Category Archives: ARP Object

The Hickson 93 Galaxy Group in Pegasus

The Hickson 93 Galaxy Group, also referred to as Arp 99, can be found in the constellation Pegasus. From the Atlas of Compact Groups of Galaxies (1993), Paul Hickson stated, “This group (Arp 99) consists of an accordant quartet plus a fainter high-redshift galaxy. The bright spiral galaxy has two long plumes which result from tidal interaction. It is a radio and infrared source. The bright elliptical galaxy is also a radio source.”

This grouping is about 265 million light years away, five main galaxies are shown in the image, but only four are thought to be gravitationally bound and strongly interacting. You can see in the image how NGC 7549 is distorted by gravity, slowly pulling away strings of stars and gas.

The particulars on the galaxies shown are:

  • NGC 7549, magnitude 13.8, barred spiral galaxy.
  • NGC 7550, magnitude 13.6, lenticular galaxy.
  • NGC 7547, magnitude 14.7, barred spiral galaxy.
  • NGC 7553, magnitude 15.3, elliptical galaxy.
  • NGC 7558, magnitude 16.0, spiral galaxy.

Tech Specs: This image is composed of 192 x 15 second images at ISO 5,000 with 10 x 15 second darks and 10 x 1/4000 second bias frames using a Meade LX90 12” telescope and Canon 6D camera mounted on a Celestron CGEM-DX mount. Imaging was done on November 6, 2016 and November 22, 2016 from Weatherly, Pennsylvania.

Online resources:


NGC 7448 – A Strange Looking Galaxy in Pegasus

NGC 7448 is a spiral galaxy in the constellation Pegasus and also appears in the Arp List of Peculiar Galaxies under the “Spiral galaxies with detached segments” group as ARP 13. You can see from my image what Halton Arp was referring to – you can see the small knobs or bumps on the spiral arms of this galaxy about 100 million light years away.

Tech Specs: This image is composed of 60 x 15 second images at ISO 3200 with additional dark and bias frames using a Meade LX90 12” telescope, Antares Focal Reducer, and Canon 6D camera. Imaging was done on September 27, 2016.


Online Resources: (

Wikipedia ( (

Carpe noctem!


The Pisces Galactic Cloud – Arp 331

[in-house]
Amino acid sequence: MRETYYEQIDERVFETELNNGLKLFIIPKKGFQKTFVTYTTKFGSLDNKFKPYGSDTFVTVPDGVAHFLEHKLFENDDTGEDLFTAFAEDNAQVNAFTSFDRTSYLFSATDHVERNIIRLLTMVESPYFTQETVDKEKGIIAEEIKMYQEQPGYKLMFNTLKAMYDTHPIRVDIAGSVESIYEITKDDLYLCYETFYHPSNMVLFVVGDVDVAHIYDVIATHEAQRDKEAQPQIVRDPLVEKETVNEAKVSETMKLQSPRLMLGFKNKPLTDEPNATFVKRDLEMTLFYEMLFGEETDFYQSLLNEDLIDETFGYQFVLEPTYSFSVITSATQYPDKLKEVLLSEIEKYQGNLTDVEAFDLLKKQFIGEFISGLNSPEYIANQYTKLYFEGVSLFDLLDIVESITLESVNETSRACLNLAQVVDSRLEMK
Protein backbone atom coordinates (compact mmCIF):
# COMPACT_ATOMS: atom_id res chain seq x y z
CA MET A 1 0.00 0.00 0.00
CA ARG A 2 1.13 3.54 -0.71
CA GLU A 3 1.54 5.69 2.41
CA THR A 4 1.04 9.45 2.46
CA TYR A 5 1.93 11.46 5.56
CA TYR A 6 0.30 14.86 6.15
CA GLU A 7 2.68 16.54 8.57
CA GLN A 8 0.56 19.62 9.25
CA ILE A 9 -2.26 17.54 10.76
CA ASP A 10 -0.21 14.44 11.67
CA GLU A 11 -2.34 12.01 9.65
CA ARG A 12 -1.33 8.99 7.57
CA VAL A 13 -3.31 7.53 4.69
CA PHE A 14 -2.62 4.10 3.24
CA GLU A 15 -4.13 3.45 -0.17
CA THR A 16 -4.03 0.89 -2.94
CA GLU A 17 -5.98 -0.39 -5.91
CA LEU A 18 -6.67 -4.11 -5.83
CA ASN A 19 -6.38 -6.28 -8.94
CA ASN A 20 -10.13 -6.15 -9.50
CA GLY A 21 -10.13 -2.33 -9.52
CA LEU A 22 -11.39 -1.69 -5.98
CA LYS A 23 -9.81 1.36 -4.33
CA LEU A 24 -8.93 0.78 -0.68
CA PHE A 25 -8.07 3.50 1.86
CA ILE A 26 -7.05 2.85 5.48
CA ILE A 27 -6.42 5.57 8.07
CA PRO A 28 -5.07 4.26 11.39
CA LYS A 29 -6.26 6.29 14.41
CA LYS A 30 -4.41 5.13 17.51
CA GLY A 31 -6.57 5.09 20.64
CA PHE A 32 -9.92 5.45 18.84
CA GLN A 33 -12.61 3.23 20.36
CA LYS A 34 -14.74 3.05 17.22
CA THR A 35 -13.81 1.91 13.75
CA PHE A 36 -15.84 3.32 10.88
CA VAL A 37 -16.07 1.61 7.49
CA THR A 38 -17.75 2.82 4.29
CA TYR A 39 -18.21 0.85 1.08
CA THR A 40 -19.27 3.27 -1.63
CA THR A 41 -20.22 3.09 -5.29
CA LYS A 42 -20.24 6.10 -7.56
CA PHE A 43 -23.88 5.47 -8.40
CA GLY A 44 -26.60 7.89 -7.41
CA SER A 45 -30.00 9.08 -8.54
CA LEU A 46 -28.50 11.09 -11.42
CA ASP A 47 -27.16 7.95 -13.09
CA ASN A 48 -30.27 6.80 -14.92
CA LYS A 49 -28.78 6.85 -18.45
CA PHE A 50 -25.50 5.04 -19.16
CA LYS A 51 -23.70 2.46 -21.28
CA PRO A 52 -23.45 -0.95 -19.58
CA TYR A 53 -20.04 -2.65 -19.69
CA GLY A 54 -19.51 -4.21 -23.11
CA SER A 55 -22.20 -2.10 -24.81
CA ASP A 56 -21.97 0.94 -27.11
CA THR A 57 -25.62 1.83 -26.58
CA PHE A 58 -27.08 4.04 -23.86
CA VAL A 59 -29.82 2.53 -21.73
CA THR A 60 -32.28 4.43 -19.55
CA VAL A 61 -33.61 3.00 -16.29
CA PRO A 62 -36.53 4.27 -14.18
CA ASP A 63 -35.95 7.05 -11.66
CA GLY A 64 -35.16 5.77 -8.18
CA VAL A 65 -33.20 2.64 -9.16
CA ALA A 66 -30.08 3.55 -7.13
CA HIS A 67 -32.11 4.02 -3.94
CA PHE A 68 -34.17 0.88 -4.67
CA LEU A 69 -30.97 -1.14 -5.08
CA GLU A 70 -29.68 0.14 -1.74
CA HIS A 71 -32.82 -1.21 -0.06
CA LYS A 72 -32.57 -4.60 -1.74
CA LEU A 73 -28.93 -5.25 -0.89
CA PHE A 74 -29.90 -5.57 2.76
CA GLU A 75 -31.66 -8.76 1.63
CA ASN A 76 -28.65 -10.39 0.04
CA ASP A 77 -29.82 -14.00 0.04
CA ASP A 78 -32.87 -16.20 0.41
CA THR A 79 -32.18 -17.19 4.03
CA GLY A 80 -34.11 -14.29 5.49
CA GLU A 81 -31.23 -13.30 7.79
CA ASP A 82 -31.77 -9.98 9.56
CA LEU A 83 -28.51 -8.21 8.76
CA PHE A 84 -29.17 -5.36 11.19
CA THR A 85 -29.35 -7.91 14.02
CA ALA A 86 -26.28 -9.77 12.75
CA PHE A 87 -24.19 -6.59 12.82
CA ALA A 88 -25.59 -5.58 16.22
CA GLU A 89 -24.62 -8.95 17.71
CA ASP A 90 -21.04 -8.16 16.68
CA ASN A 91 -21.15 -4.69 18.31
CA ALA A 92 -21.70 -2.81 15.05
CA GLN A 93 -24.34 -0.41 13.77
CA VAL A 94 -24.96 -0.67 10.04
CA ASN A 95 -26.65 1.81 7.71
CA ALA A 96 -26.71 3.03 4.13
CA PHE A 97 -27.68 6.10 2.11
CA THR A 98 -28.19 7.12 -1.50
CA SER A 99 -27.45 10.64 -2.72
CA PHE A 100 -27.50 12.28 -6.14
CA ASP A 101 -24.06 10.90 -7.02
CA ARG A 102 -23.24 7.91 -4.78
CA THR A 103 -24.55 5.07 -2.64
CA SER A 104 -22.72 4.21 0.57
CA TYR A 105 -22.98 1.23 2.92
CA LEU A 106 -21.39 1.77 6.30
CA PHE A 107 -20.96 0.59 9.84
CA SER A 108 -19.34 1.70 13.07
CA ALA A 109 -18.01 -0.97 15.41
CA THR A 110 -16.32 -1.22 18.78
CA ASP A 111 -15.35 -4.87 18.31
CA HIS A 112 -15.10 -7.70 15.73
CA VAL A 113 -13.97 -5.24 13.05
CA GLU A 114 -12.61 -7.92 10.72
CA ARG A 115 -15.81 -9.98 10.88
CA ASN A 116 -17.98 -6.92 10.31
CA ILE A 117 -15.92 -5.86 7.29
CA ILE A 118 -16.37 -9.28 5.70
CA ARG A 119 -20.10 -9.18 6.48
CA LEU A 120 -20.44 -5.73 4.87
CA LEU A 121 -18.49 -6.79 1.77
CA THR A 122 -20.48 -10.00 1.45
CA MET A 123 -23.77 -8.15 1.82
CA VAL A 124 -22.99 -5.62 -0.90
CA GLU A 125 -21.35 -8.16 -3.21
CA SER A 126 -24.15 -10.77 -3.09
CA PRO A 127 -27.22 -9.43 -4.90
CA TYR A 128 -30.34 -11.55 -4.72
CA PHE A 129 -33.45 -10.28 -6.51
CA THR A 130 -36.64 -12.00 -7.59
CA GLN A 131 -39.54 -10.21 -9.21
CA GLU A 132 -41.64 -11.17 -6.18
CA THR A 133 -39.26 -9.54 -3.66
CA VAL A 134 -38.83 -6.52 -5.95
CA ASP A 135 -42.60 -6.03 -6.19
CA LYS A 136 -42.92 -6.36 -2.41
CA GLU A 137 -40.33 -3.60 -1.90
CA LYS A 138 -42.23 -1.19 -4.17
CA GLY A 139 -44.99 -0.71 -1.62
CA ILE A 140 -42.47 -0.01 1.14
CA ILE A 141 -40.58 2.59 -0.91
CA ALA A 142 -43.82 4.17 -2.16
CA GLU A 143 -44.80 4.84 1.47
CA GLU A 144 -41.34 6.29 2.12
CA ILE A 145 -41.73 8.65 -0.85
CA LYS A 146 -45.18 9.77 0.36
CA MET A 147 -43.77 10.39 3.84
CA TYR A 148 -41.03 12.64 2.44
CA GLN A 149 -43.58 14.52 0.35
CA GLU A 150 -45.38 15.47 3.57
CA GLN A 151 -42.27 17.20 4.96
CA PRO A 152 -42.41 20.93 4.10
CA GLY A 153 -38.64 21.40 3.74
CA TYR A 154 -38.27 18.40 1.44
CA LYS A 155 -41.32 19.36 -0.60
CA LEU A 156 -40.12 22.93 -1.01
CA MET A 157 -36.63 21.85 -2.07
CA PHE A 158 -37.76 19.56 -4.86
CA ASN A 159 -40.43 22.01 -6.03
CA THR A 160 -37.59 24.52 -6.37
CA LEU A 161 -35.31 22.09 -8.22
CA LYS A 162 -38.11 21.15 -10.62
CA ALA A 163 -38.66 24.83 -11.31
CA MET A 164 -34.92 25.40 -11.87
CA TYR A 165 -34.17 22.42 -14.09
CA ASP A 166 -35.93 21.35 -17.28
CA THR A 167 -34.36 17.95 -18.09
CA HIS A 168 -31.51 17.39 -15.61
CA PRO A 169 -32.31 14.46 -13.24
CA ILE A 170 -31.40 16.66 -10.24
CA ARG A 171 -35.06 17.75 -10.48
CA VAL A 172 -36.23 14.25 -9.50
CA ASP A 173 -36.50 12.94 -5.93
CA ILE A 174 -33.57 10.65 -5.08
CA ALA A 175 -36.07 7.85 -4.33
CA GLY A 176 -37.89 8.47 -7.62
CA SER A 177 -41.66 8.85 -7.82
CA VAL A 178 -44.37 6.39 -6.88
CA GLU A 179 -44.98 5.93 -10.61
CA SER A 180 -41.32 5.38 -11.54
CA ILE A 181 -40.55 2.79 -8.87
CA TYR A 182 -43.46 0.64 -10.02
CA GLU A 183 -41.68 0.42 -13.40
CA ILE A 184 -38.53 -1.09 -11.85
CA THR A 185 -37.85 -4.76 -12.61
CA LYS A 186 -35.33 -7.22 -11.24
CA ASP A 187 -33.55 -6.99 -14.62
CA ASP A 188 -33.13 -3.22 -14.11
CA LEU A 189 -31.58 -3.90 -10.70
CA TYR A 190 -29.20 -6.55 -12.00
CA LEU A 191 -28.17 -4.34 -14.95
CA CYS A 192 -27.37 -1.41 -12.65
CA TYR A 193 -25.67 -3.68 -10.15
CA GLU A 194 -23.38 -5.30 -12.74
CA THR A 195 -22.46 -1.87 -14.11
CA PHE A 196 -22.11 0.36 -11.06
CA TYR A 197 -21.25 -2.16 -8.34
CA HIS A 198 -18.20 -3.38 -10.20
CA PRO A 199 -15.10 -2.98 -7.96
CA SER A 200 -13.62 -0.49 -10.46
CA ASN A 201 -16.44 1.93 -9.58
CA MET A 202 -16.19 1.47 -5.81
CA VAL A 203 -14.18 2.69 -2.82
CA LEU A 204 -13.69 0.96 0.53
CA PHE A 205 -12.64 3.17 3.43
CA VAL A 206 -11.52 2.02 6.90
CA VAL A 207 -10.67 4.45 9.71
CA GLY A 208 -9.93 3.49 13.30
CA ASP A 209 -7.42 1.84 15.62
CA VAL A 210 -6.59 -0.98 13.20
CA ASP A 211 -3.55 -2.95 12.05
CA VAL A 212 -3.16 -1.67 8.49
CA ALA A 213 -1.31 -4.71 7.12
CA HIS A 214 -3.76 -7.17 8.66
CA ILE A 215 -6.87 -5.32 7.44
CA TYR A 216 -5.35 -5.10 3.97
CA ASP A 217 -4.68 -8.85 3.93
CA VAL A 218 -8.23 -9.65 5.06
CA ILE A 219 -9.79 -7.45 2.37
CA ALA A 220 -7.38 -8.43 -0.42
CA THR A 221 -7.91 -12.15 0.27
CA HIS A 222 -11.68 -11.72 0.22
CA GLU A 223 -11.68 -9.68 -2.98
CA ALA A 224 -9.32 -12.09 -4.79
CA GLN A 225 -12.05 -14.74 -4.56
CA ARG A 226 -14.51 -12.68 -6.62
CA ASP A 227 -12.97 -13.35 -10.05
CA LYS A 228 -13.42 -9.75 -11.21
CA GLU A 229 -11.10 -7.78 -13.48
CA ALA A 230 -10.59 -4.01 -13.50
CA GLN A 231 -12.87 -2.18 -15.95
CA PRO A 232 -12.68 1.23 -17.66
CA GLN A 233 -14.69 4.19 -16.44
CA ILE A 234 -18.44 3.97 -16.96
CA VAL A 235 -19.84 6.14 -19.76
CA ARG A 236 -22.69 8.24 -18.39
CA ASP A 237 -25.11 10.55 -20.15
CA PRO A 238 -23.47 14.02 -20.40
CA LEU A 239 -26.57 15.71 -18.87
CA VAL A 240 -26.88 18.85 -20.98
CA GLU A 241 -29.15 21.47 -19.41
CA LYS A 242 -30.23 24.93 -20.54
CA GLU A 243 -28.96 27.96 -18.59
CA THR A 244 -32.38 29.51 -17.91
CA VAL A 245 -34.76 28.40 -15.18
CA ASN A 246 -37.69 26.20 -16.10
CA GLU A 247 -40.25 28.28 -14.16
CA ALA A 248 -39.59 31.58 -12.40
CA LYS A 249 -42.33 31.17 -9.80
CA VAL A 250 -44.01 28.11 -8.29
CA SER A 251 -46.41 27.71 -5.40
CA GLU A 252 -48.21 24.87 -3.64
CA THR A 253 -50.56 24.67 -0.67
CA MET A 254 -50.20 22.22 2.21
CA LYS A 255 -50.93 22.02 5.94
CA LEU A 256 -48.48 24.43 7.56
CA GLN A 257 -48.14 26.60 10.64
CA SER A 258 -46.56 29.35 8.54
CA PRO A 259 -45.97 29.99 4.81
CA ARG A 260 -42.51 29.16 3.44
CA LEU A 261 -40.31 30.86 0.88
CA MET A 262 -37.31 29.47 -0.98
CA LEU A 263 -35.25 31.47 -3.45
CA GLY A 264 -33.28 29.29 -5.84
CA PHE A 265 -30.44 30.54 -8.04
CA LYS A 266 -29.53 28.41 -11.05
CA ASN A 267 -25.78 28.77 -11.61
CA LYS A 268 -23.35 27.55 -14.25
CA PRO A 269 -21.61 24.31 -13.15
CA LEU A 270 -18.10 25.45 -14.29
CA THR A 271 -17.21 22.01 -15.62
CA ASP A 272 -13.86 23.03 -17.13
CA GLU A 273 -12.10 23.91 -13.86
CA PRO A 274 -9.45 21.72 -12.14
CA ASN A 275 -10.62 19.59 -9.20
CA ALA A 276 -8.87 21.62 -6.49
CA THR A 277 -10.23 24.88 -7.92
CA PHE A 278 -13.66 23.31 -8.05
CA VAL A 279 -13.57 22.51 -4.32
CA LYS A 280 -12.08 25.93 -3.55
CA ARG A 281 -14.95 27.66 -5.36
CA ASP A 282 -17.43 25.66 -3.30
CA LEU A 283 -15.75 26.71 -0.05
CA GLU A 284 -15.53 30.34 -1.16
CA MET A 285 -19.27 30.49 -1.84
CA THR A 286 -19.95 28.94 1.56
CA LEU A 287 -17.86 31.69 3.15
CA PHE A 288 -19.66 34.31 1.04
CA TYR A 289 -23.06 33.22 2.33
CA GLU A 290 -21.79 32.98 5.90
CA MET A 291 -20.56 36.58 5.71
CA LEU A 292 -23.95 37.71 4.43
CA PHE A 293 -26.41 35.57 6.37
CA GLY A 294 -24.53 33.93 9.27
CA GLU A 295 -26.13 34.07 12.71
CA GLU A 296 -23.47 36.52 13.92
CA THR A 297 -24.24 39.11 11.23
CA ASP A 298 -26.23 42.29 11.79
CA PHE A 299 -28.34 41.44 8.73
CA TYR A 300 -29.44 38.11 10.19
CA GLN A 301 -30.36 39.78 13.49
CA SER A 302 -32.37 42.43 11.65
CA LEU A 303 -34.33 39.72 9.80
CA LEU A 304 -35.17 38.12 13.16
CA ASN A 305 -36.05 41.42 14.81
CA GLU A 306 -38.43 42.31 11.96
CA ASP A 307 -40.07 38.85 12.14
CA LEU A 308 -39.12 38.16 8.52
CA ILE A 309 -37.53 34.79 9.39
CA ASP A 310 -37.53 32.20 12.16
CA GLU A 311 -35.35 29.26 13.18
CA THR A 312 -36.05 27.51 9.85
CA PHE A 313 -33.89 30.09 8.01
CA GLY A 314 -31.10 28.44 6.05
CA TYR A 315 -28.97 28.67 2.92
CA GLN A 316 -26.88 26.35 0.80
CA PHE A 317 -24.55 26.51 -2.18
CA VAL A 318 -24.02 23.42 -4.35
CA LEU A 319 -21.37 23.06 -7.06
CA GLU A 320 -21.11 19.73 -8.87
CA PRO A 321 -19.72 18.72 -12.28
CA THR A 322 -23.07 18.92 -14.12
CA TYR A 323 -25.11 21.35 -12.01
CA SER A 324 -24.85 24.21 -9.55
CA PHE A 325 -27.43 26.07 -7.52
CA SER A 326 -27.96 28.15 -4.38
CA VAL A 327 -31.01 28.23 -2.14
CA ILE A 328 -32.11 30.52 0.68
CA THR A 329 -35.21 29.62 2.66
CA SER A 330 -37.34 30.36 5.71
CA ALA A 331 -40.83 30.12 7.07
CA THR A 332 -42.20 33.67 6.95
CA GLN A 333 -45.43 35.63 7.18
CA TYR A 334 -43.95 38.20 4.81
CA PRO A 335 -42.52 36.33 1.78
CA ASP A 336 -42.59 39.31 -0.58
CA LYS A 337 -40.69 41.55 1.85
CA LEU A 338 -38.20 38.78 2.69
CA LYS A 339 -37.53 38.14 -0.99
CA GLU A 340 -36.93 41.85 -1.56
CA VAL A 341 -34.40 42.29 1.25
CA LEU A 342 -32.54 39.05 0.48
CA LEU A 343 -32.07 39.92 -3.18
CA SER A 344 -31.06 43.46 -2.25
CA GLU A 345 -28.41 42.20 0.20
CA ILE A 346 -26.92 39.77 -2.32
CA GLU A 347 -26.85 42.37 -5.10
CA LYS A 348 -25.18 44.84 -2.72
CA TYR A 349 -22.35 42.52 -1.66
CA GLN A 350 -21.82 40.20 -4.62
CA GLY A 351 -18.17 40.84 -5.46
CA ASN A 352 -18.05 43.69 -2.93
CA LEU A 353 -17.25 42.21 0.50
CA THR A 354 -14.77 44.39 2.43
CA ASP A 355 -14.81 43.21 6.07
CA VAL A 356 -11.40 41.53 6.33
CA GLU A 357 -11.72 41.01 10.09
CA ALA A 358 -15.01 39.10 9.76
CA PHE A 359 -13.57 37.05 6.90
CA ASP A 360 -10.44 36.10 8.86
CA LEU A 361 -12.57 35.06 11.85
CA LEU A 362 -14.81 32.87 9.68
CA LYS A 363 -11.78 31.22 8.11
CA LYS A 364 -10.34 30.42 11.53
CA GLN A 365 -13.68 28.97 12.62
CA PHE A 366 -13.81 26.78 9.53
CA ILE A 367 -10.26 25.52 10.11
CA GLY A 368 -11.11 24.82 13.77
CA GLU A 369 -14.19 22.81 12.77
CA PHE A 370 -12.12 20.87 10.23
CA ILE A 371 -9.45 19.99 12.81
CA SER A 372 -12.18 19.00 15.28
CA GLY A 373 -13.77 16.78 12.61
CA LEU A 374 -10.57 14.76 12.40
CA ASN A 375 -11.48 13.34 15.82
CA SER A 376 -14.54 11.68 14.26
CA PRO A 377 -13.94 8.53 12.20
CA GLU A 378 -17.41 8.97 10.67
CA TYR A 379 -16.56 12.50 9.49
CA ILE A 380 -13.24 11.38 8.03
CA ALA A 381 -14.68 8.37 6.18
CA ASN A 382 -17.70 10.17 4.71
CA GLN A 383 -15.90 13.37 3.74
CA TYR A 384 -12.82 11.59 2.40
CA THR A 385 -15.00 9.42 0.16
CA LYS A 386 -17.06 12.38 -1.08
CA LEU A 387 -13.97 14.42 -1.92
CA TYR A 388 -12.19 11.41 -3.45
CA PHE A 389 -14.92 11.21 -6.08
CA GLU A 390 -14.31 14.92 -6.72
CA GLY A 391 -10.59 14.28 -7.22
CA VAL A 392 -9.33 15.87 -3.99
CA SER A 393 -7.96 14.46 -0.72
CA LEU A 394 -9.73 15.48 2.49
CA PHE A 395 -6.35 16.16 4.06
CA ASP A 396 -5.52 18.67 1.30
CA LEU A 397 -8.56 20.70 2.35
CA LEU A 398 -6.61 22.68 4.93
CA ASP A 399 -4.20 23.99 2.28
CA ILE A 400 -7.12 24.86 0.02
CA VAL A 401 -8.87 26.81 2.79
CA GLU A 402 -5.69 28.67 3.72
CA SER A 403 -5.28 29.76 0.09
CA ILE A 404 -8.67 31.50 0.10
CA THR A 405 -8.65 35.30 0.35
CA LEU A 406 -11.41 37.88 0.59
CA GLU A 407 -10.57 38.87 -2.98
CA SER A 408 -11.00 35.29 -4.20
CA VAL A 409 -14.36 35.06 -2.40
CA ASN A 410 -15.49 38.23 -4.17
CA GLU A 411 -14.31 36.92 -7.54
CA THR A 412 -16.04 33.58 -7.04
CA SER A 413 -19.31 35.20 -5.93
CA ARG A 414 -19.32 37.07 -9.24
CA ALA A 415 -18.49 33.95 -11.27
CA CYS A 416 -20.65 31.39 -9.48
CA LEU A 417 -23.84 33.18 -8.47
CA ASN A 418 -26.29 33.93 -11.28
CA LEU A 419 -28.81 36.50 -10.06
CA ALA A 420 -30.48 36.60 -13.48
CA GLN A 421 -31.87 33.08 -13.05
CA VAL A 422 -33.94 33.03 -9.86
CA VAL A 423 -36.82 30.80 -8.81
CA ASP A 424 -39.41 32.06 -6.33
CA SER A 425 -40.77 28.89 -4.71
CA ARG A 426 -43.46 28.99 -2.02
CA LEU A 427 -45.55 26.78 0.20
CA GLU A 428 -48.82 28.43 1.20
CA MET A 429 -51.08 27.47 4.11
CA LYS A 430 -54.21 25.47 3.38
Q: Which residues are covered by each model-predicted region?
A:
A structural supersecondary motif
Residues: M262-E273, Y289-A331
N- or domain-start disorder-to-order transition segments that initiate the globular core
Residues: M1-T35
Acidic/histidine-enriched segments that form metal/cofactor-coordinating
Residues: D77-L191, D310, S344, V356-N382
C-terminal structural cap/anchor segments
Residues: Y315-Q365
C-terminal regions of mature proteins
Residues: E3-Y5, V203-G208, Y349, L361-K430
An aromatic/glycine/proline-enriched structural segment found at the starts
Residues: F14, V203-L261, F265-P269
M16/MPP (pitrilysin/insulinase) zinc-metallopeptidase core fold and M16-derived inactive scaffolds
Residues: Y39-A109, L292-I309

The Pisces Cloud, also known as Arp 331, is a small chain of elliptical galaxies in the constellation Pisces between the Andromeda Galaxy and the Triangulum Galaxy that are roughly around magnitude 13.0 and lower.  This group is actually part of the Perseus-Pisces Supercluster. The photo contains many more galaxies than are shown, I have identified just easily identifiable galaxies.

This image is composed of 100 x 15 second images at ISO 3200 with additional dark and bias frames. Tech Info: Meade LX90 12” telescope, Antares Focal Reducer, and Canon 6D camera. Imaging was done on September 1, 2016.


Sources for additional information: (

Astronomy-Mall (

Carpe noctem!


Galactic Tidal Forces in the Nautilus Galaxy

When I first imaged The Nautilus Galaxy (NGC 772/ARP 78) I was fascinated by its shape, one spiral arm stretched outward from the center. This is probably and effect of being tugged on by a satellite galaxy designated as NGC 770 (see the labeled image below). NGC 772 is also listed as ARP 78 in the ARP Atlas of Peculiar Galaxies. This catalog was compiled by Dr. Halton C. Arp and it has 338 peculiar galaxies detailed in it. An online version of this catalog is available HERE. If somebody has a copy of the original printing and no longer needs it, I have the perfect spot for it on my astronomy bookcase…..

It is estimated that NGC 772 is twice the size of our Milky Way Galaxy!

I photographed NGC 772 during three imaging sessions from November 2015 to January 2016. I used a Meade 12″ LX-90 telescope mounted on a Celestron CGEM-DX mount. At prime focus, I placed a Canon 6D DSLR camera right behind my trusty Antares focal reducer. Imaging was done using 20-second sub-frames using mixed ISO settings of 3200, 5000 and 6000. Images were stacked in DeepSkyStacker, stretched in ImagesPlus and final processing in Corel Paintshop Pro and Adobe Lightroom. The final images are presented below. I still struggle with good focus on my LX90 telescope, working on focus issues is one of my goals for 2016.

NGC 772 - 70 minute total exposure.

NGC 772 – 70 minute total exposure. DETAILS: Center (RA, Dec): (29.832, 19.006), Center (RA, hms): 01h 59m 19.775s, Center (Dec, dms): +19° 00′ 22.929″, Size: 17.2 x 15.4 arcmin, Radius: 0.192 deg, Pixel scale: 0.8 arcsec/pixel, Orientation: Up is 111 degrees E of N.


NGC 772 - labeled version.

NGC 772 – labeled version.

Tech Info from Wikipedia:

Observation data (J2000 epoch)
Constellation Aries
Right ascension 01h 59m 19.6s[1]
Declination +19° 00′ 27″[1]
Redshift 2472 ± 3 km/s[1]
Distance 130 Mly[citation needed]
Type SA(s)b[1]
Apparent dimensions (V) 7′.2 × 4′.3[1]
Apparent magnitude (V) 11.1[1]
Other designations
UGC 1466,[1] PGC 7525,[1] Arp 78[1]

Clear skies!


Messier 77 (M77) Galaxy Observation

Messier 77, also known as ARP 37 (#37 in Arp’s Catalog Of Peculiar Galaxies) is a barred spiral galaxy about 47 million light-years away in the constellation Cetus. This was photographed on January 5, 2016.  Tech Specs: Canon 6D at prime focus of a Meade 12″ LX90, light frames included 60 x 20 seconds, 60 x 10 seconds, 5 x 5 seconds all at ISO 5000, dark frames were also included.

Messier 77, also known as ARP 37

Messier 77, also known as ARP 37

Clear skies!


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